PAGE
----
As Kevin Colbert
announced yesterday, the Pittsburgh Steelers have decided not to apply the transition tag or the franchise tag on Le’Veon Bell
. The move comes as a bit of a surprise because the Steelers had seemed intent on playing hard ball with Bell.
They have chosen not to, and that decision might signal that Art Rooney II has mastered one of the one of the most important tests of his tenure as Steelers president.
Our third and likely final free agent focus profile of Le’Veon Bell reveals why.
Le’Veon Bell departing the grid iron at Heinz Field. Photo Credit: EPA, via the New York Post
Capsule Profile of Le’Veon Bell’s Steelers Career
Here’s the digest version based on our 2017 and 2018 free-agent profiles of Le’Veon Bell.
In his rookie training camp, Ed Bouchette boldly compared Le’Veon Bell’s debut to that of Franco Harris. Journalists such as John Stiegerwald were skeptical, yet Jim Wexell tracked Bell’s rookie performance against Walter Peyton’s as a rookie.
Six years later, Le’Veon Bell has set regular season and playoff rushing records that neither Harris, Jerome Bettis, nor John Henry Johnson could set.
A lot of signs indicate yes, however the fact that Bell has played only one complete season and been hit with two suspensions raises doubts.
The (Theoretical Case) for the Steelers Retaining Le’Veon Bell
The Steelers decision seems clear, but the point of this exercise is to make the strongest case possible for keeping Bell so here goes.
- On paper there’s a case for the Steelers resigning Le’Veon Bell to a long-term deal.
- There’s also a case for using the transition tag on him.
No one inside or outside of Pittsburgh questions Le’Veon Bell’s talent and his ability to perform at peak level at least in the short term. With James Conners and Jaylen Samuels on the roster, bringing Bell back would give Pittsburgh a more potent running back tandem than the Willie Parker/Rashard Mendenhall duo they envisioned in early 2008 (with Samuels standing in for Mewelde Moore.)
- Even if the Steelers can’t sign Le’Veon Bell to a long term deal, the case for putting the transition tag on him is strong, in theory.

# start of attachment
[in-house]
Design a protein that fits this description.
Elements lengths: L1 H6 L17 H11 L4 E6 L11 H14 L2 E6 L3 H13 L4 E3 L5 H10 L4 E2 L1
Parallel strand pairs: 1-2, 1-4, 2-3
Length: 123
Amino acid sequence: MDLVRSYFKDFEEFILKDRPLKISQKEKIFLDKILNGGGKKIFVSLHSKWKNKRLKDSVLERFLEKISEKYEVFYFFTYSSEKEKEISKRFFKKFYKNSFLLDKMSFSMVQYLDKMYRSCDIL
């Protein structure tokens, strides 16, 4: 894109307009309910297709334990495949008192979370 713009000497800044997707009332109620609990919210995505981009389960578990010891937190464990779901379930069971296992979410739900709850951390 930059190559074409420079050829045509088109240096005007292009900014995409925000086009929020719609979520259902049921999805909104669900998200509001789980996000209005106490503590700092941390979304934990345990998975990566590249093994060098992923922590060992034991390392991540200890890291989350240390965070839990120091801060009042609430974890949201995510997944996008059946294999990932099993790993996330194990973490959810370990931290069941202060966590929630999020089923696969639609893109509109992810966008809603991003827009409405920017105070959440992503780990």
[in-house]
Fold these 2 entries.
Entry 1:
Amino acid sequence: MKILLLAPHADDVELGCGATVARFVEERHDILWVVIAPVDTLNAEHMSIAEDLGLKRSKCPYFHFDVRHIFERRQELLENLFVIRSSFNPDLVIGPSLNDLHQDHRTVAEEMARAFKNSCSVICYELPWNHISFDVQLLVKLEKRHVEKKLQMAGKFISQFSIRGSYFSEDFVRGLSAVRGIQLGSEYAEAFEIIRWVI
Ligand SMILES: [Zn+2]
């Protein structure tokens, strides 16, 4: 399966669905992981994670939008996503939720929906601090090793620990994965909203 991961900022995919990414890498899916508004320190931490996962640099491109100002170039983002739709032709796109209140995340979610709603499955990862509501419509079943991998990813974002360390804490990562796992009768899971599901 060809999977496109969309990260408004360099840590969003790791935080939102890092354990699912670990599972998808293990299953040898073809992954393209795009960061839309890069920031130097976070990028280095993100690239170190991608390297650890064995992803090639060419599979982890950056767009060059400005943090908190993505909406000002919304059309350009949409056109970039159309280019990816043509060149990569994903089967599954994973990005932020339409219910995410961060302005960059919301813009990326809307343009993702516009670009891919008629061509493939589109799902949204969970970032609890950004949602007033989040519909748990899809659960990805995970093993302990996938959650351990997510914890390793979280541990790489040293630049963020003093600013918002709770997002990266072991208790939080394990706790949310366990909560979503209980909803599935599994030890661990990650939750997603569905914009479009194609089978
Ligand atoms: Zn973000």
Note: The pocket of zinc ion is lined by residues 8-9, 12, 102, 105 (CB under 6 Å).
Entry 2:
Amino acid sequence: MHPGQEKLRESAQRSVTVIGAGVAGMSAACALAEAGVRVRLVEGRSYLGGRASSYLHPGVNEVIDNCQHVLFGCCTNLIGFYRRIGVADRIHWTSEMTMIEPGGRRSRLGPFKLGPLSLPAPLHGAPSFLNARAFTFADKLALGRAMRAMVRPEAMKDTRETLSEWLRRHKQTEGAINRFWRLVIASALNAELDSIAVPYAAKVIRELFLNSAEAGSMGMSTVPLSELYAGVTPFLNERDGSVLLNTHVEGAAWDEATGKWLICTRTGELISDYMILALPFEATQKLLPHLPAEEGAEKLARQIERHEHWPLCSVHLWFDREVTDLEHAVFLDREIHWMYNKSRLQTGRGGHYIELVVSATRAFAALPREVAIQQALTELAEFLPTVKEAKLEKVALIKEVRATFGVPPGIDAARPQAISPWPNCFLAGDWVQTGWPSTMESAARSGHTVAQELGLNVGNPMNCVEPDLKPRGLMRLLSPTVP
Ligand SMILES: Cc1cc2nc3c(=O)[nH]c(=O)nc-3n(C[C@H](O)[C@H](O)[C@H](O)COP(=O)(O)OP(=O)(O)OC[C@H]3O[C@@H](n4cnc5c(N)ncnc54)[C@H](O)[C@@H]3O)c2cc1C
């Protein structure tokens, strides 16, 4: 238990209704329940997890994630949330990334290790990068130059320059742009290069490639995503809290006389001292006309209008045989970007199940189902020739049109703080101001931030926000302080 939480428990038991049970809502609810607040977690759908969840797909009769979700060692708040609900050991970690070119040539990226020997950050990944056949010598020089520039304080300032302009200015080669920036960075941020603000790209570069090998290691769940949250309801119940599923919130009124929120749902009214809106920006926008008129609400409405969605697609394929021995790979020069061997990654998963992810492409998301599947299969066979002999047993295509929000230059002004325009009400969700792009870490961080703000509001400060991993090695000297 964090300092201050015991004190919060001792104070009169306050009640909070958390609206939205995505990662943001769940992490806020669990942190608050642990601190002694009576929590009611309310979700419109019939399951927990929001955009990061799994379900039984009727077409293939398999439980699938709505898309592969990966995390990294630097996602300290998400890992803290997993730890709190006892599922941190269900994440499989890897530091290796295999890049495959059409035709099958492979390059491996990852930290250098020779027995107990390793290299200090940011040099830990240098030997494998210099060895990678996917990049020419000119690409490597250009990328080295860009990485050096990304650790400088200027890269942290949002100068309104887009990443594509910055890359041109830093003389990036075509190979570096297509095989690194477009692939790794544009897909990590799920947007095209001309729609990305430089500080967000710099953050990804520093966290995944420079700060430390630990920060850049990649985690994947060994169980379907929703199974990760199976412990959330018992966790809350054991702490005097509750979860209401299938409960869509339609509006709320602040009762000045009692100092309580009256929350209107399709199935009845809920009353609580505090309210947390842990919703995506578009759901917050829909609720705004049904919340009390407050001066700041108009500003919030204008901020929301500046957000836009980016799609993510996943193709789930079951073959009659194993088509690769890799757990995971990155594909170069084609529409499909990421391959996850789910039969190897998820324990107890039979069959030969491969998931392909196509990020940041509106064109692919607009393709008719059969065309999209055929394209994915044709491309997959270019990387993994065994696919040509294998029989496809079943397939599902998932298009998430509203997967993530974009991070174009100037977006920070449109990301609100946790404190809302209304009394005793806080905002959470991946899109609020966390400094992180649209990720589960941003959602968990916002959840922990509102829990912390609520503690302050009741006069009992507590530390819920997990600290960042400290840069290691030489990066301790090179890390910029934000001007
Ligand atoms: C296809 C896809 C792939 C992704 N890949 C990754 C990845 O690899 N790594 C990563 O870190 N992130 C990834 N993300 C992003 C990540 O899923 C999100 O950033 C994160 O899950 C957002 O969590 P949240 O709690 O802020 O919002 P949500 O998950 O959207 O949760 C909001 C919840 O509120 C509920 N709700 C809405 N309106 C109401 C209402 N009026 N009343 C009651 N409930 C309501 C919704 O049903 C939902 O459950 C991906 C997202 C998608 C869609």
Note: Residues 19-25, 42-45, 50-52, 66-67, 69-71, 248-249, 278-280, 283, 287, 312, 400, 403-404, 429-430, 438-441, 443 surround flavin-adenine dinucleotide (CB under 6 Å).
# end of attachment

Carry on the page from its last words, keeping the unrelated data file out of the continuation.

As one Steelers scribe privately remarked when Bell’s 2018 holdout became permanent, “It would basically dare any other NFL team to improve on the offer the Steelers made last season.” It would also give the Steelers the chance to match that offer. Theoretically, the Steelers could also match the offer and then trade him to someone else.
And a trade could bring the Steelers a pick in the 2019 NFL Draft whereas any compensatory pick would only come in 2020. With a strike or lockout looming, a draft pick in 2019 helps the Steelers far more than one in 2020.
The Case Against the Steelers Resigning or Transition Tagging Le’Veon Bell
The Steelers were prepared to commit an eight-figure salary cap to Le’Veon Bell in offers made in 2017 and 2018. Yet, James Conner delivered excellent production (although not ball security) in 2018 and he’ll only make $844,572 in 2019.
- The Steelers can use the difference to bolster their defense, which needs the help.
Beyond salary cap dollars and sense, not having Le’Veon Bell probably cost the 2018 Steelers the playoffs. Bell’s behavior and the gap between his actions and words widened in 2018. Do the Steelers need another potential locker room distraction? Ah, no.
- Using the transition tag on Bell carries risk as well.
First, the transition tag ties up valuable salary cap dollars that can’t be used while the Bell situation sorts itself out. Forget Bell signing his tender so that the Steelers can trade him. The Steelers could try to “match and trade” but would need to complete the trade on the same day to avoid a salary cap hit.
Finally, if the Steelers tag Bell then decline to match, they get nothing.
Curtain’s Call on the Steelers and Le’Veon Bell
During the 1990’s, it often felt like the Steelers served as the NFL’s farm team. Pittsburgh would develop players like Chad Brown or Yancey Thigpen only to see them leave as free agents. The Rooneys promised things would change with a new stadium. Heinz Field opened in 2001, and since then the Steelers have done a remarkable job of keeping their own players since then.
Retaining key players has been critical to the Steelers overall success in the 21st century and critical to their victories in Super Bowl XL and Super Bowl XLIII.
- But you can’t keep everyone. Knowing when to let a player walk is just as important as knowing when to keep him.
For a long time it seemed like Art Rooney II and the rest of the Steelers brass was determined to use the transition tag to exert some control over Le’Veon Bell’s fate. While that’s understandable, it doesn’t make sound football sense.
In a perfect world, Le’Veon Bell would have signed the deal his agent had agreed to with the Steelers. But Bell declined. The Steelers gave it a second go around, and Bell sat out all of 2018 while trolling his team at every chance he got.
The Steelers are going to let Le’Veon Bell walk and that is the right decision.